I recently moved to Portland, OR and I've been using Careers both as a portfolio site to send to other folks as well as hoping to get contacts and I'm wondering what to expect in terms of the latter. I've read some of the other posts here and I'm wondering specifically whether there are many recruiters/companies in the area using SO (there aren't too many job postings relative to Dice/craigslist/etc. but don't know if that necessarily means anything about recruiters). I'm getting a decent amount of contact from companies/recruiters outside of the site.

My stats from ~1 month of having my resume up is about (I'm guesstimating here because I had my resume up in another locale prior):

Employer views 9
Search hits 75
Email inquiries from employers 0


  • 4
    fwiw, careers is a "quality over quantity" kind of site by design. Jul 16, 2012 at 19:31
  • I made an edit to reflect that these aren't the counts I'm seeing on the site since it looks like I got pushed an email notification I've already received.
    – dfb
    Jul 16, 2012 at 19:32
  • @JeffAtwood - No doubt. I'd rather take a few good contacts than 100 junk ones
    – dfb
    Jul 16, 2012 at 19:33

1 Answer 1


Looking at your profile, I think the biggest weakness is your personal statement. Currently it sounds like you'll just take anything and are not particularly interested in what you end up doing. The personal statement is above the fold on every view we show to employers and is really your place to give employers an indication of whether you would be a good fit for their culture. A quick and dirty query shows the average length of a personal statement for active profiles saved by employers is about 700, and the average length of all active profiles not saved by employers is about 440. That's not the most scientific query, but it agrees with my hunch that your personal statement is one of the most important parts of your profile.

Specifically in the personal statement you should mention the type of company you want to work for (team size, working conditions, maybe locations you would like to work in, startup/corp, etc), the types of projects you want to work on (big data, front end, databases, infrastructure, etc) and without being excessively wordy, something else about yourself (how you spend free time, how you approach coding, a big achievement, etc). This kind of information gives a much better picture of who you are and if you would be a good fit for the team employers are looking to hire for. This also helps you weed out employers who might be hiring for something you are qualified for but wouldn't be happy with.

Stats related to the number of employer views and search hits and emails are really kind of red herring. Getting 1 or 2 emails for jobs you would love is significantly better than getting 10+ emails for jobs you are just qualified for. Once you figure out what you want from your job, finding a job you would love doesn't take an excessively long time; there are lots of great jobs out there. I'm not saying you haven't decided what you are looking for, just that the information you are showing employers on your Careers profile doesn't express what you are looking for.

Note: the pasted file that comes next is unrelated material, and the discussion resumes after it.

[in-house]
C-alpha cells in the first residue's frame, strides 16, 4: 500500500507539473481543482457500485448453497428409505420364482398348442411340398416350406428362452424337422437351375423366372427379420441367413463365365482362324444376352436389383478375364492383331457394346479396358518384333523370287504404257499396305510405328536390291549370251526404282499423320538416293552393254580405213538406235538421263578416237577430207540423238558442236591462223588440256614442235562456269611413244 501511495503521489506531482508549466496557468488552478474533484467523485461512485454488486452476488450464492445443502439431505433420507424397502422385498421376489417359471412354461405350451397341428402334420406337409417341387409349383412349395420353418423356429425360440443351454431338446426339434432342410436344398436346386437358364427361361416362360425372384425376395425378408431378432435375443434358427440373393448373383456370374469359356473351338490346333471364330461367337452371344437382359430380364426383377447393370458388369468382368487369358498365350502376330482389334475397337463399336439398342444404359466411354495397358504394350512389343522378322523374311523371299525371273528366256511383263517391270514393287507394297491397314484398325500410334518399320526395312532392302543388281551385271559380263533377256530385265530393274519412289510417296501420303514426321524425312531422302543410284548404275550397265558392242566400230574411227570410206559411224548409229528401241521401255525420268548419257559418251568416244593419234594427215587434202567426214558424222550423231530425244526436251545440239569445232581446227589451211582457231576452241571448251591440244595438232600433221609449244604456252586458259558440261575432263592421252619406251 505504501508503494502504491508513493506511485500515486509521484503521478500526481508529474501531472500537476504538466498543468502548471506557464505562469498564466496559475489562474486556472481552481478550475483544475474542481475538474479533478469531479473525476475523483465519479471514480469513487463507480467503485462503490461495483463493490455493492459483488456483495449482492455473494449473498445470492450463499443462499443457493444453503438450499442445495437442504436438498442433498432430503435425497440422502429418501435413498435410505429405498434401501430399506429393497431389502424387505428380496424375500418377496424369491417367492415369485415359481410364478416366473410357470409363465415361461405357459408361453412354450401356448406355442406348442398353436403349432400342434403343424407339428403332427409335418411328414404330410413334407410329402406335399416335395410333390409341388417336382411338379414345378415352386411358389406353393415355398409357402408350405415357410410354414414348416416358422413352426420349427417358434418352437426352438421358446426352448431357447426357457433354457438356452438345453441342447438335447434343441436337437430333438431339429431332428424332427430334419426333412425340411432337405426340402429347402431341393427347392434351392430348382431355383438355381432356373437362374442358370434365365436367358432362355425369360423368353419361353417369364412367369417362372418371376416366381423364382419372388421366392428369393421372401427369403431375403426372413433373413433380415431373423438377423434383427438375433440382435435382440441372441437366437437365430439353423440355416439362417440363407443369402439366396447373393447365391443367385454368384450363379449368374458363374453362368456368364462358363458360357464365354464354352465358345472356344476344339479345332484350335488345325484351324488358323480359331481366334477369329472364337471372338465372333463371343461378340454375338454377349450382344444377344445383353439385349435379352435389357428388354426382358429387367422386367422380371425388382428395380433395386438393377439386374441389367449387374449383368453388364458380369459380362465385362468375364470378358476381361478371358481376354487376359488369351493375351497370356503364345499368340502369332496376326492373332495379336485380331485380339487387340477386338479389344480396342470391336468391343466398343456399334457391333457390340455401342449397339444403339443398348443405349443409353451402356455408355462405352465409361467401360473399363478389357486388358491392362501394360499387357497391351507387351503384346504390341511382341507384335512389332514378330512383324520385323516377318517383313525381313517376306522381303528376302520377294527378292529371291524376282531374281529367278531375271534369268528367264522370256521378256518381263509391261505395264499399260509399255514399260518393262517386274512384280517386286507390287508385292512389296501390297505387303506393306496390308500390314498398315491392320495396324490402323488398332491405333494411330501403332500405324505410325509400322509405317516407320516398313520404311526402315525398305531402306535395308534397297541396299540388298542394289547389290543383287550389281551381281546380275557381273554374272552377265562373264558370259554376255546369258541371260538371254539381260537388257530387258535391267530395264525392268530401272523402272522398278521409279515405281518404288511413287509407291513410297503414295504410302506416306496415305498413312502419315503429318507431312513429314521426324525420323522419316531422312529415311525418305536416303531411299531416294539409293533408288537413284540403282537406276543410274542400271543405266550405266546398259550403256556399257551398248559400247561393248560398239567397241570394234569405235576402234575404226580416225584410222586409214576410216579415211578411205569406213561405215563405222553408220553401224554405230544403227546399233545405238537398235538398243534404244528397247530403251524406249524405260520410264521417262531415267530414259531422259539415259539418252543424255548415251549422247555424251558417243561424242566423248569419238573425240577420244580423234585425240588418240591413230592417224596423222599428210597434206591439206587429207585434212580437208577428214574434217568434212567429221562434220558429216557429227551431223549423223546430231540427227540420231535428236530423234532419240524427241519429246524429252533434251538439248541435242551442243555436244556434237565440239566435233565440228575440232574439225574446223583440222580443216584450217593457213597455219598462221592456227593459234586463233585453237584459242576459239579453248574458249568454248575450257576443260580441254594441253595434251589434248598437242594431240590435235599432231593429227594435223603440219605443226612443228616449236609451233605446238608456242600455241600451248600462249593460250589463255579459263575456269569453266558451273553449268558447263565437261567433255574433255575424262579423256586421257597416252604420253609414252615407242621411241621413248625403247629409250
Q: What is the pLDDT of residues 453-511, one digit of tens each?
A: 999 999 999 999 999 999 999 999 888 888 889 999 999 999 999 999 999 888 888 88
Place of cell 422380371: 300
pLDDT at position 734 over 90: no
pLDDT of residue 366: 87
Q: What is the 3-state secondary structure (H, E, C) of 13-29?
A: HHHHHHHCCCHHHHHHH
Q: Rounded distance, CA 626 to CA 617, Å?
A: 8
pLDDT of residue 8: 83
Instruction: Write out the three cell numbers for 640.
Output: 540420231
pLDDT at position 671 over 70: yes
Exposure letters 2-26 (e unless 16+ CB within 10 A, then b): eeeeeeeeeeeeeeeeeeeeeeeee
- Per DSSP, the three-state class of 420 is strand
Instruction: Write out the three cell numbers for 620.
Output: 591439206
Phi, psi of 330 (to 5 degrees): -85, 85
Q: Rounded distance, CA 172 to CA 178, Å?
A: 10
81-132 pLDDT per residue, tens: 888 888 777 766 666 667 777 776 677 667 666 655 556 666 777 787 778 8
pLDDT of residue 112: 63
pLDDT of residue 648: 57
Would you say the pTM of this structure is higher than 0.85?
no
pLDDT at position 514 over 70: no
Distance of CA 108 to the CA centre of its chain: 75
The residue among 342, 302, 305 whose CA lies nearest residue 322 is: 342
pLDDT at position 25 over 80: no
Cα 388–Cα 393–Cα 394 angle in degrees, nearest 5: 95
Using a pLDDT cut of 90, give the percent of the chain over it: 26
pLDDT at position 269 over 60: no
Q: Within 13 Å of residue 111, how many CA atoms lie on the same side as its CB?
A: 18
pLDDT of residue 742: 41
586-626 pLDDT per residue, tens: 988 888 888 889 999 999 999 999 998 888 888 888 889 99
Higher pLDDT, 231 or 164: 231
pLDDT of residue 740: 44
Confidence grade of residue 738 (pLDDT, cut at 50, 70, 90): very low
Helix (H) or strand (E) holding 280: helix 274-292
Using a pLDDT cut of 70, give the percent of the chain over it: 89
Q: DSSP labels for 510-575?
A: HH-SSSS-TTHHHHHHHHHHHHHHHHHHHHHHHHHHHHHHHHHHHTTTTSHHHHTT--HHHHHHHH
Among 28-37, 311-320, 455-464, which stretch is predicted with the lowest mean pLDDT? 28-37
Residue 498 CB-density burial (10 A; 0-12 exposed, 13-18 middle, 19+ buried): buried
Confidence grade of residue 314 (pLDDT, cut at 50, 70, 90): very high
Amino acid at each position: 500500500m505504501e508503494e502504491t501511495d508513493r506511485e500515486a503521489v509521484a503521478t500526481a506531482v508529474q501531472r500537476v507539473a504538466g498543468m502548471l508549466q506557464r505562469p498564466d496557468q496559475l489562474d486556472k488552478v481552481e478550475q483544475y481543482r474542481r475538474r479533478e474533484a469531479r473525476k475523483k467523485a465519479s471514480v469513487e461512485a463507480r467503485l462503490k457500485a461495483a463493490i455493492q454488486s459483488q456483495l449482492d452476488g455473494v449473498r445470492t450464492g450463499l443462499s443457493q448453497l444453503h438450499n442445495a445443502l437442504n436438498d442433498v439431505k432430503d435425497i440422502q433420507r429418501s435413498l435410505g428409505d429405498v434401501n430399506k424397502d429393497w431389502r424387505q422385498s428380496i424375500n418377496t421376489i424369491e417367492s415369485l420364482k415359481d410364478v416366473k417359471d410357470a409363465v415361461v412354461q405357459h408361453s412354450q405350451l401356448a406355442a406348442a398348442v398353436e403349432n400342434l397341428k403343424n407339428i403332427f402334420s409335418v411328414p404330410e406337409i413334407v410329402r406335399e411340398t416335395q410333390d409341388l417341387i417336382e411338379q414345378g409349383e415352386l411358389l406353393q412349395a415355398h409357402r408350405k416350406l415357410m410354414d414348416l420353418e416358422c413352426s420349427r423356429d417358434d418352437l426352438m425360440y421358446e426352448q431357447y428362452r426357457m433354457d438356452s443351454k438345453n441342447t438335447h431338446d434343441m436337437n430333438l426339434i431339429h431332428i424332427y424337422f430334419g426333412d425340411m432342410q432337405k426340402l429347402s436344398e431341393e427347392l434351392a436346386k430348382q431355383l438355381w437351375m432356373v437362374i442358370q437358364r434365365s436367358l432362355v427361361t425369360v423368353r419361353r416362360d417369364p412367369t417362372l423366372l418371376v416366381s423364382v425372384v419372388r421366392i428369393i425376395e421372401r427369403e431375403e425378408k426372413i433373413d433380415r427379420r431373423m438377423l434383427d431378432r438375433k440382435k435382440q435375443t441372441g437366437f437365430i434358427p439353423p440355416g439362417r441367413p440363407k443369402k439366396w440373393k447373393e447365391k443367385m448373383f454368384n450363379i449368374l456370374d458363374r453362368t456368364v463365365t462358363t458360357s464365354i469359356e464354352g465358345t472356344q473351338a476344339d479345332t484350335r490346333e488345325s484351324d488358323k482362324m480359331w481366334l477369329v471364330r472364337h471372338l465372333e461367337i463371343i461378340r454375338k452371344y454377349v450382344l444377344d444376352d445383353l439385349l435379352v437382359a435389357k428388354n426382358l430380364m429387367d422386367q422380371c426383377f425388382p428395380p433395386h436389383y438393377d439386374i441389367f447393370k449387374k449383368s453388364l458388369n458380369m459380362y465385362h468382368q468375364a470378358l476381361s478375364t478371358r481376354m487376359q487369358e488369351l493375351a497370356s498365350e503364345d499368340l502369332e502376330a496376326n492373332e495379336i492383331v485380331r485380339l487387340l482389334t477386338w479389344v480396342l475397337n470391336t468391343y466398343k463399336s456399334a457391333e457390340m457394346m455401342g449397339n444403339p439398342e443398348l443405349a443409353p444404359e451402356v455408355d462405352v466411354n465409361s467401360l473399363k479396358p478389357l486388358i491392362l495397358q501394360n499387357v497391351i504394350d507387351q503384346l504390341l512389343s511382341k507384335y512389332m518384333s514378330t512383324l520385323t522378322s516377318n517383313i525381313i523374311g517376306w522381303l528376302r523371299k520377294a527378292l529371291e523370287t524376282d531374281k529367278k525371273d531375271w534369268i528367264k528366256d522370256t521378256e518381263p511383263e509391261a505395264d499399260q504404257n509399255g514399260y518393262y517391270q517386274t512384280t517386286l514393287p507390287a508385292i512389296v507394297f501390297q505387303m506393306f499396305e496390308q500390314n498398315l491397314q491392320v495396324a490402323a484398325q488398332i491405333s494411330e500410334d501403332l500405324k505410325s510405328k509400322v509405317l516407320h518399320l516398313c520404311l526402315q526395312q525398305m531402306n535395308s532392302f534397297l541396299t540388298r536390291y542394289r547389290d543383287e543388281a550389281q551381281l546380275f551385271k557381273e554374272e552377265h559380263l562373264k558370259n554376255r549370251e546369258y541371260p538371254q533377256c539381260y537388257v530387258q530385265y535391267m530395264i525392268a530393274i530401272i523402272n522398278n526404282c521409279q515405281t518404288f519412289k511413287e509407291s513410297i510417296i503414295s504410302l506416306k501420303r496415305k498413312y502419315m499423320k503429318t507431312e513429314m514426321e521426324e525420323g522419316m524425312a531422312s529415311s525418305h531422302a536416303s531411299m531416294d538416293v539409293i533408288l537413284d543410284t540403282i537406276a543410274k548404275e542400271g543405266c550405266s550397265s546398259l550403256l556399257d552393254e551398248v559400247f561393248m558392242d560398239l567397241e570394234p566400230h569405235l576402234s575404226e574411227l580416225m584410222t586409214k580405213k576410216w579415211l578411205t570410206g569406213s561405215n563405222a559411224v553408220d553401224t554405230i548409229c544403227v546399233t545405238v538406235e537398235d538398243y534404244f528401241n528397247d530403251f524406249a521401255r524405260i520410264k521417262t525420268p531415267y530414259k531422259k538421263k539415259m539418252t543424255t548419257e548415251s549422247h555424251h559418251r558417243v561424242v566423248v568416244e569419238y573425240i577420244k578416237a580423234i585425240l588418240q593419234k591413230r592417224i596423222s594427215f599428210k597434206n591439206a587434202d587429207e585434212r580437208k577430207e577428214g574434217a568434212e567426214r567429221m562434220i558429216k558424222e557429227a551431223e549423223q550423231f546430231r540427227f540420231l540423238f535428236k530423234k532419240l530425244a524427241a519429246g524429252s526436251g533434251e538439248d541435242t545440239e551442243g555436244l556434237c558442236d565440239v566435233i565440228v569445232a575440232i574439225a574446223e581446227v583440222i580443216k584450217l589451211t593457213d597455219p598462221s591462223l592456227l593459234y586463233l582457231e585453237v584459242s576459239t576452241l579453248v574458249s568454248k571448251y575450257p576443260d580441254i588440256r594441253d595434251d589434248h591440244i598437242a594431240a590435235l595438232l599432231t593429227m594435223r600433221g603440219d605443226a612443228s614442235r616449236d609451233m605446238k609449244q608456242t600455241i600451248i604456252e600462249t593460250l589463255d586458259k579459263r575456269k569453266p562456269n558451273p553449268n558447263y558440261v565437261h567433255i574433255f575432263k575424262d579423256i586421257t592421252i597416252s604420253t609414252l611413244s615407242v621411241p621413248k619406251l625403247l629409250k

• Thanks, this is helpful. Are there any good examples of statements that do this without sounding stand-offish?
    – dfb
    Jul 16, 2012 at 20:30
  • 1
    NP, Don't try to phrase it as "here is what I want", just describe yourself and let the employers decide is they want to talk to you further. I urge you to write your own first so it actually sounds like you, but when you're done, my profile is at careers.stackoverflow.com/nicklarsen for a single example that fits my personality and traits. Yours doesn't need to look like it at all, it just needs to feel right for you. Jul 16, 2012 at 21:16
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    @dfb for Careers personal statement consider "borrowing" examples and tips for LinkedIn profile summary - there are plenty available online (eg 1, 2, 3), just search the web
    – gnat
    Jul 16, 2012 at 21:37
  • @gnat - I'd like to write a genuine statement while being professional. I find most profiles on LinkedIn to be disingenuous marketing-speak. This is why I used Careers in the first place - to, insofar is possible - find a position where that isn't valued as much as doing good work because I'm usually not able to make a judgement until I get on-site. I guess there's a fine balance here between getting people's attention and over-selling. Seeing Nick's profile helps because the statement is punchy but then the resume is no-nonsense.
    – dfb
    Jul 17, 2012 at 17:49
  • @dfb I find most profiles on LinkedIn to be disingenuous marketing-speak that's a good catch, I notice that too. Still, to me studying these turned out the most convenient way to find examples of serious professional personal statements, I just had to carefully separate wheat from chaff
    – gnat
    Jul 17, 2012 at 18:58

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